I began by conducting desk research, examining existing information, surveys, past interactions with customers, and interviewing sales and support representatives. I then created a journey map to illustrate our customers’ current experience, identifying any gaps and challenges they encountered in their billing journey. I then shared this map with the team and stakeholders during our ideation workshop.

As a result of this research, I also developed a set of distinct proto-personas to represent their needs, experiences, behaviours, and goals.

Journey map

We then identified the problems to solve and prioritised addressing the lack of information needed to understand their spending, based on its impact. This challenge was also particularly significant for our support and billing teams, as they had to invest time and effort into investigating each case.
It was also important to understand the different components (actors, systems, and areas involved) that interact in this situation, as it’s a problem related to different areas of Intercom. To achieve this, I designed a system view for the team to comprehend the bigger picture. This allowed us to identify potential areas of the product that would be impacted, collaboration needed with other teams, and any data inconsistencies.

System view to understand components and relationships


  • Once we identified the problem to solve, I conducted an ideation workshop with key stakeholders from different areas (billing, product, design). From this, we were able to identify a set of potential solutions and conduct an initial impact/effort assessment.
  • I also conducted a quick competitive analysis to understand how others are addressing this problem.
  • Following this, I diverged by sketching different options. I shared these options with stakeholders (including sales teammates) gathering their feedback, and concluding with a recommended direction.
Some initial concepts


  • After we decided on a direction, I set up a series of interviews with customers to test our concept. I created a research plan, defining research questions together with stakeholders, and conducted some of the interviews myself.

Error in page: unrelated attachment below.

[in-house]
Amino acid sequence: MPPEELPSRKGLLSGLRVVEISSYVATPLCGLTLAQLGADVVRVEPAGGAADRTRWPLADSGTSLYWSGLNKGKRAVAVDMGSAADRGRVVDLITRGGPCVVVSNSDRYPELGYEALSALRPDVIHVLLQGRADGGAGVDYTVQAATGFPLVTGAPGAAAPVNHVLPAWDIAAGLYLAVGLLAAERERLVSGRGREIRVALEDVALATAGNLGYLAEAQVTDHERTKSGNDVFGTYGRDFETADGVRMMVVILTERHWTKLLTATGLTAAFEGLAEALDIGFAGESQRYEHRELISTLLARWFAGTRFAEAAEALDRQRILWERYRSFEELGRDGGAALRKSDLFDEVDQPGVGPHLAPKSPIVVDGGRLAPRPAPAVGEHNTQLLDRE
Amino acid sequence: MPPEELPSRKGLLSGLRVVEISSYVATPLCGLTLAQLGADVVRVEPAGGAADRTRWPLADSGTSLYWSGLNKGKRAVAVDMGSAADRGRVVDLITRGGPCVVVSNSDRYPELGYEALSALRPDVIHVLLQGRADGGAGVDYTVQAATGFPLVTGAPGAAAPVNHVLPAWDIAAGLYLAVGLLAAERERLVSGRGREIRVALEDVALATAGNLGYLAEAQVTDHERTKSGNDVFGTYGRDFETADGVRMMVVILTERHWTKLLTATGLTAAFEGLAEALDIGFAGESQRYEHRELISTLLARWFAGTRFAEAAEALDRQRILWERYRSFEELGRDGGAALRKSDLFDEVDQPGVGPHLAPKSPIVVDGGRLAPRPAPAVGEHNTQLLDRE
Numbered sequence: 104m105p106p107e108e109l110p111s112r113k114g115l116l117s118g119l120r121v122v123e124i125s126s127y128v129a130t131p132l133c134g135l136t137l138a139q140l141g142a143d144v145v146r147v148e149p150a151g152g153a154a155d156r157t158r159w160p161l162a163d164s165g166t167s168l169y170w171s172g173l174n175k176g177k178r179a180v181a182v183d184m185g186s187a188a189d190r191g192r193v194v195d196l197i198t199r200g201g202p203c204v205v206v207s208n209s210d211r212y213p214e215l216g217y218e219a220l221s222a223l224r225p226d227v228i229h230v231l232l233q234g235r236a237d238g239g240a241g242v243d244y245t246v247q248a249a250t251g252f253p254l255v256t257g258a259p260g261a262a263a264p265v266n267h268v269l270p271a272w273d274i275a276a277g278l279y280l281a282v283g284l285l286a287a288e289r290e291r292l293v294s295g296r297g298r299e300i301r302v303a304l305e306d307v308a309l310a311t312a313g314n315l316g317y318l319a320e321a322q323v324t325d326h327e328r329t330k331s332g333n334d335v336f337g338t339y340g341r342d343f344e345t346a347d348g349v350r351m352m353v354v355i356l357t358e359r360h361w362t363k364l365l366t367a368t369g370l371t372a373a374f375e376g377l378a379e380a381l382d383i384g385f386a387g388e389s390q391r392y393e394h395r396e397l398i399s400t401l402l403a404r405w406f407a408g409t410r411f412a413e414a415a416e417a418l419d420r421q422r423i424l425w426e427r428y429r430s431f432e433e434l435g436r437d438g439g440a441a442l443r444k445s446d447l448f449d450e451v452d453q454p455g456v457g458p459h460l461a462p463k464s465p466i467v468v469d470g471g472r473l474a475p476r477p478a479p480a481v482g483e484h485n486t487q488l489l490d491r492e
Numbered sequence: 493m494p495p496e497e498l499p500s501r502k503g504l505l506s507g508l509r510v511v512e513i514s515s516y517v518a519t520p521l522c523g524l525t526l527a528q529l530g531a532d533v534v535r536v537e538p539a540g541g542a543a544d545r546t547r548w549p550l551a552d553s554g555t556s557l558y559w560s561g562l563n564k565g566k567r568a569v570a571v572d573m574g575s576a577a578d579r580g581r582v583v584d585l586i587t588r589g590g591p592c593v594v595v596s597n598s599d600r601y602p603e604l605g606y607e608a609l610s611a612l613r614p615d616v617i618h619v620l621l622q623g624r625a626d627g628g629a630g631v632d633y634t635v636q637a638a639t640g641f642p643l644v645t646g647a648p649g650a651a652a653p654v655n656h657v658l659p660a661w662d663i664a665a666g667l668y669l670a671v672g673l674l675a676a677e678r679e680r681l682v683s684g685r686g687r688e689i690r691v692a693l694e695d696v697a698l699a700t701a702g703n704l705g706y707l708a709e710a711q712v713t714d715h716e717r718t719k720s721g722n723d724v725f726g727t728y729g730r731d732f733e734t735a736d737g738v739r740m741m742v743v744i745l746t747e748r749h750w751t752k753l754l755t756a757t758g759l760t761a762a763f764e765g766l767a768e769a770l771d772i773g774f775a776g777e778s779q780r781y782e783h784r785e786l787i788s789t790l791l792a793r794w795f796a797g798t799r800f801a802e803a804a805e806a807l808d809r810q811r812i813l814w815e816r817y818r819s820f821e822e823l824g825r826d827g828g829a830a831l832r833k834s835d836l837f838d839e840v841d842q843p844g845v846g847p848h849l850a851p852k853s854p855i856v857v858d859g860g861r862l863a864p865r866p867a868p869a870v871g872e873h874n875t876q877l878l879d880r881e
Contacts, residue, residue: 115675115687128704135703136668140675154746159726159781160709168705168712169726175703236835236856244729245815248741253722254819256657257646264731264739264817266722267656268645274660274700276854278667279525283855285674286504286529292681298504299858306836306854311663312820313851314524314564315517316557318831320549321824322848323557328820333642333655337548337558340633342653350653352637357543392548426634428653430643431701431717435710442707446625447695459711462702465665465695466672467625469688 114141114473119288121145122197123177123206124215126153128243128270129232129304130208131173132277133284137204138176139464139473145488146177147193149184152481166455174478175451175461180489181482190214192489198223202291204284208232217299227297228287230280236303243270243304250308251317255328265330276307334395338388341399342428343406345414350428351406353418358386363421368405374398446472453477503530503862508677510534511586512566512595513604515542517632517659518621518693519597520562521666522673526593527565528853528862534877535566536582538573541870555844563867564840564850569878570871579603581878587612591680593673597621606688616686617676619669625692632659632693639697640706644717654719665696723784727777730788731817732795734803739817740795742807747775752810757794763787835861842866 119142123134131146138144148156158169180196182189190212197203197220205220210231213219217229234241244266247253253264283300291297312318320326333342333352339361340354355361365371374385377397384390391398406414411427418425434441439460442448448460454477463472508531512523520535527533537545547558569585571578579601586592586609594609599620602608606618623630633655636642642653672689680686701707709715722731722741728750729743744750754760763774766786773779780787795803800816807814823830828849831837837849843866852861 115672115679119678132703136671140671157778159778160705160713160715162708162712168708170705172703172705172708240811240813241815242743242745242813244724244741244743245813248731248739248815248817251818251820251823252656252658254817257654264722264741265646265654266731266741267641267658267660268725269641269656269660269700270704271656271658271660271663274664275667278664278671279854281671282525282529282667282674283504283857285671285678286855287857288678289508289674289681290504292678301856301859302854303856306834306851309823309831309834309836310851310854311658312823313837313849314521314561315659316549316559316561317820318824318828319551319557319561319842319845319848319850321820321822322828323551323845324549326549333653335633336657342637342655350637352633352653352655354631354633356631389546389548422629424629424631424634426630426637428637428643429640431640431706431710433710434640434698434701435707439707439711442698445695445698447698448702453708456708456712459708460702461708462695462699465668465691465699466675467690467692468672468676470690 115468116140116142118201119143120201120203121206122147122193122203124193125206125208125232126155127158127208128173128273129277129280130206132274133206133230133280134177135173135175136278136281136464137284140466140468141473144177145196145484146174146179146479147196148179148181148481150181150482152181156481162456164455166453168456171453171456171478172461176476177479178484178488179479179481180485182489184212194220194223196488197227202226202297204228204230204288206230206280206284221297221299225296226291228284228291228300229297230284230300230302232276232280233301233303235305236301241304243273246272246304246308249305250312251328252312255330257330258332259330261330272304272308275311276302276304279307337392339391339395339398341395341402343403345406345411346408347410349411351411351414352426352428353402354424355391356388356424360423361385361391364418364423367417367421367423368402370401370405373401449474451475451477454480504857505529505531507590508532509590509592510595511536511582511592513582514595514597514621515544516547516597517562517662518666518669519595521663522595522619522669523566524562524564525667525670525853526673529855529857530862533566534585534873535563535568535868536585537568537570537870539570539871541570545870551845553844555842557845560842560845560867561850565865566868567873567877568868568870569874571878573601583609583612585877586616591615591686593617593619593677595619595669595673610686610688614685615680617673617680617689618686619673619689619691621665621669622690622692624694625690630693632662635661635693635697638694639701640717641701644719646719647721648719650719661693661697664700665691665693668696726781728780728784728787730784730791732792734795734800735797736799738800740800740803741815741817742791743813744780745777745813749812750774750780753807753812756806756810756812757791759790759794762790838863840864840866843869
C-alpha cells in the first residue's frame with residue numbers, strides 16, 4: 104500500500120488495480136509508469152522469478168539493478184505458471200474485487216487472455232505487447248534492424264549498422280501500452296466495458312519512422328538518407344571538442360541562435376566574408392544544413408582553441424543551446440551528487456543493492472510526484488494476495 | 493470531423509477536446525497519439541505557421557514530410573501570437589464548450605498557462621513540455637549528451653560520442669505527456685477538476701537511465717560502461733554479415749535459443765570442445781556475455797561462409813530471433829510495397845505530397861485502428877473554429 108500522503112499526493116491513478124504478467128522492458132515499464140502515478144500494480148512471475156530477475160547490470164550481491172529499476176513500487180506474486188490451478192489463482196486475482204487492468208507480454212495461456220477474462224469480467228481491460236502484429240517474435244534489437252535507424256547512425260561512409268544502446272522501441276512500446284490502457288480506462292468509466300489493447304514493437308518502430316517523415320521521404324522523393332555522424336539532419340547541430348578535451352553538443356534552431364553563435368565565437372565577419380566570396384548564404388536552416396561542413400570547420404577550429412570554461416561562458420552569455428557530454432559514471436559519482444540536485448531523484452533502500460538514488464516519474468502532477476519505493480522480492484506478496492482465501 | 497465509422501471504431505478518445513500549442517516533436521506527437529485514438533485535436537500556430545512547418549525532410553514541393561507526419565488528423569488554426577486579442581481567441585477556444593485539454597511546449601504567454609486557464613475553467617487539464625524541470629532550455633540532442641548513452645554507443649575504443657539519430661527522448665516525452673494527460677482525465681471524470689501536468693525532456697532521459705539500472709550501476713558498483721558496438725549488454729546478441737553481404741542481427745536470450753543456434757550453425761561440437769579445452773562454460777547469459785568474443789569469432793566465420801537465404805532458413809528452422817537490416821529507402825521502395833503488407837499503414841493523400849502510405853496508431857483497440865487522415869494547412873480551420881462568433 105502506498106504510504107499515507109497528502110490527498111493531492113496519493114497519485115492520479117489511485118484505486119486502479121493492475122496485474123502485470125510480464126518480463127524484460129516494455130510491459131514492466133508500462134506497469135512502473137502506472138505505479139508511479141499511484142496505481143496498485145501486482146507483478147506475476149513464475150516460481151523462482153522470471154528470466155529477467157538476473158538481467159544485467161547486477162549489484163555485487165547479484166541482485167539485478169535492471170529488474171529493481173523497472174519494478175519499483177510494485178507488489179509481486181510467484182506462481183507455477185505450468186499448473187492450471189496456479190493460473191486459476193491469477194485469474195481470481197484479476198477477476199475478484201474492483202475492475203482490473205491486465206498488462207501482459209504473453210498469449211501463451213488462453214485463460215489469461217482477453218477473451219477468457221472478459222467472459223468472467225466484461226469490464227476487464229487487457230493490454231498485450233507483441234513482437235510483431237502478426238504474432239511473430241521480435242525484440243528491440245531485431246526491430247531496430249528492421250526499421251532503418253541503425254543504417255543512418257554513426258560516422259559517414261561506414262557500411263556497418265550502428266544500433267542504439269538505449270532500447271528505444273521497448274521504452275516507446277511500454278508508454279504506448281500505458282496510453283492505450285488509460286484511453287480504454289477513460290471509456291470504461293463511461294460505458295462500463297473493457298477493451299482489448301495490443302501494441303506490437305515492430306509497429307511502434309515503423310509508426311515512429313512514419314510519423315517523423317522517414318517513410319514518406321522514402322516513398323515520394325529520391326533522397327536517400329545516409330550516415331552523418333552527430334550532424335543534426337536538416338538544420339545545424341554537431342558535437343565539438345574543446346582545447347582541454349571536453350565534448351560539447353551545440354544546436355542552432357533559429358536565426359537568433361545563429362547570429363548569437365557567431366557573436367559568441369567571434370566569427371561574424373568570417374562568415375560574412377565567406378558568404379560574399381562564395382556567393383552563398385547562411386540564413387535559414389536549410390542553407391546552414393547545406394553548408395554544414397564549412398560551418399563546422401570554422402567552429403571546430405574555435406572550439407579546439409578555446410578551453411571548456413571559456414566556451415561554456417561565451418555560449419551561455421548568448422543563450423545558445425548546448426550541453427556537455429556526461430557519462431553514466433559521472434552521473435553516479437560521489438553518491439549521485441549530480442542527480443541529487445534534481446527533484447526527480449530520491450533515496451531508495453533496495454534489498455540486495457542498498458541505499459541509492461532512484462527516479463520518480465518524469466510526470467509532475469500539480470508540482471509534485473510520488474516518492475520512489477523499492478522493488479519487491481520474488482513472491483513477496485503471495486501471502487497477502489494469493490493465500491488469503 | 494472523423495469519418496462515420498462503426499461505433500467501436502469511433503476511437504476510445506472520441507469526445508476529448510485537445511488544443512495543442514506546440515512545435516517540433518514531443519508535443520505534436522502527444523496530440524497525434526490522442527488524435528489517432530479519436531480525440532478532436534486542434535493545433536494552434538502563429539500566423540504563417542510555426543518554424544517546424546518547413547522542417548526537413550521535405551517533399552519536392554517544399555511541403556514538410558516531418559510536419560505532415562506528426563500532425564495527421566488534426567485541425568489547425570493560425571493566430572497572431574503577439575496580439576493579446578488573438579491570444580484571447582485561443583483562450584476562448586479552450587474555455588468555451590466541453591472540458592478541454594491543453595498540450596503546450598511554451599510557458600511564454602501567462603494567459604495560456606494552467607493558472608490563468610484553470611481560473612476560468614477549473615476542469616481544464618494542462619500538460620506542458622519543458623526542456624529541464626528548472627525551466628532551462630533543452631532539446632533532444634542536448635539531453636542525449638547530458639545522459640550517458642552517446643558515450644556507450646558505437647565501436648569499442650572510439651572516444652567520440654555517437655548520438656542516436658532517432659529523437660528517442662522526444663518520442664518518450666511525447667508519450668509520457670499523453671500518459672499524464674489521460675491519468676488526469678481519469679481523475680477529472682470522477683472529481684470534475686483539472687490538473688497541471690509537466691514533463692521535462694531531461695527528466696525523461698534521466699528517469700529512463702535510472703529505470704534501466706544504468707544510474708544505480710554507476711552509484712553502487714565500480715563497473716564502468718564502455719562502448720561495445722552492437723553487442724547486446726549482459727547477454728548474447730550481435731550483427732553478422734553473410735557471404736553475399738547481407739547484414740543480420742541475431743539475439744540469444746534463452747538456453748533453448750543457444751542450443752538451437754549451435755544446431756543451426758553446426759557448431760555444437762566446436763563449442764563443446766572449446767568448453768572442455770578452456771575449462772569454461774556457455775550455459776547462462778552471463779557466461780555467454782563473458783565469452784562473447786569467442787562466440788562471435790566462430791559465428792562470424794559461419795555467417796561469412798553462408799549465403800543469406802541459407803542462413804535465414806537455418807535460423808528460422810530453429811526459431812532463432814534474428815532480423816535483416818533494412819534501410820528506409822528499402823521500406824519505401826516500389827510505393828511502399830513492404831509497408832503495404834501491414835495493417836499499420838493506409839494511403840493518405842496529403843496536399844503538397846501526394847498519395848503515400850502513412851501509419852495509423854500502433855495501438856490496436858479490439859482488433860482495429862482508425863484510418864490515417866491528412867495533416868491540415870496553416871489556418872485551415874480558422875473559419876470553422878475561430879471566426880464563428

• Additionally, while the concept was taking more shape (detailed design), I conducted a series of unmoderated usability tests, iterating after a couple of rounds.
  • The goal of this research was to gather more confidence from initial concept to detailed design.

Scoping down to a V1

While designing this project, we encountered a significant dependency on the infrastructure team to obtain the data needed to display the details of what was contributing to a customer’s usage. Mid-project, we realised that we wouldn’t have the necessary usage data in time to provide a breakdown, so we shifted our focus to rethink a V1 that we could ship sooner.

Learning plan

As part of releasing this V1, I wanted to ensure we captured the impact of this solution on our customers' experience, as it aligns with the strategic initiative of improving our customers' billing experience. To achieve this, I put together a learning plan to monitor:

  • Are customers using it? (quantitative: adoption and engagement)
  • Is it solving the problem? How useful is it? (qualitative: satisfaction survey)
  • Do they have feedback? (qualitative: continuous feedback survey)

The engineering team developed a monitoring dashboard based on this learning plan.

Learning plan to monitor impact


Offering a usage overview dashboard is transforming the billing experience, providing users with actionable insights, real-time monitoring capabilities, and greater control over their usage and costs. However, further monitoring needs to be done as this was released recently in March 2024.

Next steps

  • Monitor and capture feedback to understand if the release of V1 is a success (WIP).
  • Capture qualitative feedback to identify next steps. I have high confidence that the detailed breakdown is a strong candidate for a V2 based on our initial conversations with customers.

Learnings & reflections

  • Scope down to ship sooner: Initially, we planned to build the 'full' solution starting with a single metric (a deeper approach). However, we shifted to a more horizontal approach of creating a minimum version for all metrics instead of the detailed breakdown for a single metric in the full version. In hindsight, identifying the risk of not having the data on time earlier could have allowed us to focus on designing the horizontal V1 approach to ship quicker.
  • Opportunity to improve our QA process: While we aimed to keep QA as lean as possible, we encountered many opportunities to improve our process, especially in terms of efficiency and communication. I've taken on this challenge to enhance our QA process (work-in-progress).